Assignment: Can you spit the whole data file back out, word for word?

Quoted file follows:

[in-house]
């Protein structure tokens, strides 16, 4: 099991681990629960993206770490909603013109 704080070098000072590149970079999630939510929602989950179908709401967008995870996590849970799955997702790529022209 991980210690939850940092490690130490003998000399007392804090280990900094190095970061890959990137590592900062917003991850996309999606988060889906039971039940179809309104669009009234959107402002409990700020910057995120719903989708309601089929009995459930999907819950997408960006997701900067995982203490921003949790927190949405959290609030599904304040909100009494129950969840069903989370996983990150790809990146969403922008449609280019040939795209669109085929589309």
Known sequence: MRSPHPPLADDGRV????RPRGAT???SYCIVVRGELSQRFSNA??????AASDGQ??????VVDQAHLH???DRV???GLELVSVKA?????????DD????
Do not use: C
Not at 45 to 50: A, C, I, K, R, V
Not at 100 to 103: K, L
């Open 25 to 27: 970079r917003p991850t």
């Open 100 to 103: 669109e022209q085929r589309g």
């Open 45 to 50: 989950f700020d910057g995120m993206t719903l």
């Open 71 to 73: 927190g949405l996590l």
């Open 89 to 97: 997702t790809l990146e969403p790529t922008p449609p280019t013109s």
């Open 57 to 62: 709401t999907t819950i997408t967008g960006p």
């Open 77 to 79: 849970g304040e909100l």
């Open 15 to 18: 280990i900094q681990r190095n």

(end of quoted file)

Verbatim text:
[in-house]
């Protein structure tokens, strides 16, 4: 099991681990629960993206770490909603013109 704080070098000072590149970079999630939510929602989950179908709401967008995870996590849970799955997702790529022209 991980210690939850940092490690130490003998000399007392804090280990900094190095970061890959990137590592900062917003991850996309999606988060889906039971039940179809309104669009009234959107402002409990700020910057995120719903989708309601089929009995459930999907819950997408960006997701900067995982203490921003949790927190949405959290609030599904304040909100009494129950969840069903989370996983990150790809990146969403922008449609280019040939795209669109085929589309």
Known sequence: MRSPHPPLADDGRV????RPRGAT???SYCIVVRGELSQRFSNA??????AASDGQ??????VVDQAHLH???DRV???GLELVSVKA?????????DD????
Do not use: C
Not at 45 to 50: A, C, I, K, R, V
Not at 100 to 103: K, L
């Open 25 to 27: 970079r917003p991850t």
């Open 100 to 103: 669109e022209q085929r589309g």
């Open 45 to 50: 989950f700020d910057g995120m993206t719903l």
């Open 71 to 73: 927190g949405l996590l």
């Open 89 to 97: 997702t790809l990146e969403p790529t922008p449609p280019t013109s």
């Open 57 to 62: 709401t999907t819950i997408t967008g960006p």
């Open 77 to 79: 849970g304040e909100l």
């Open 15 to 18: 280990i900094q681990r190095n």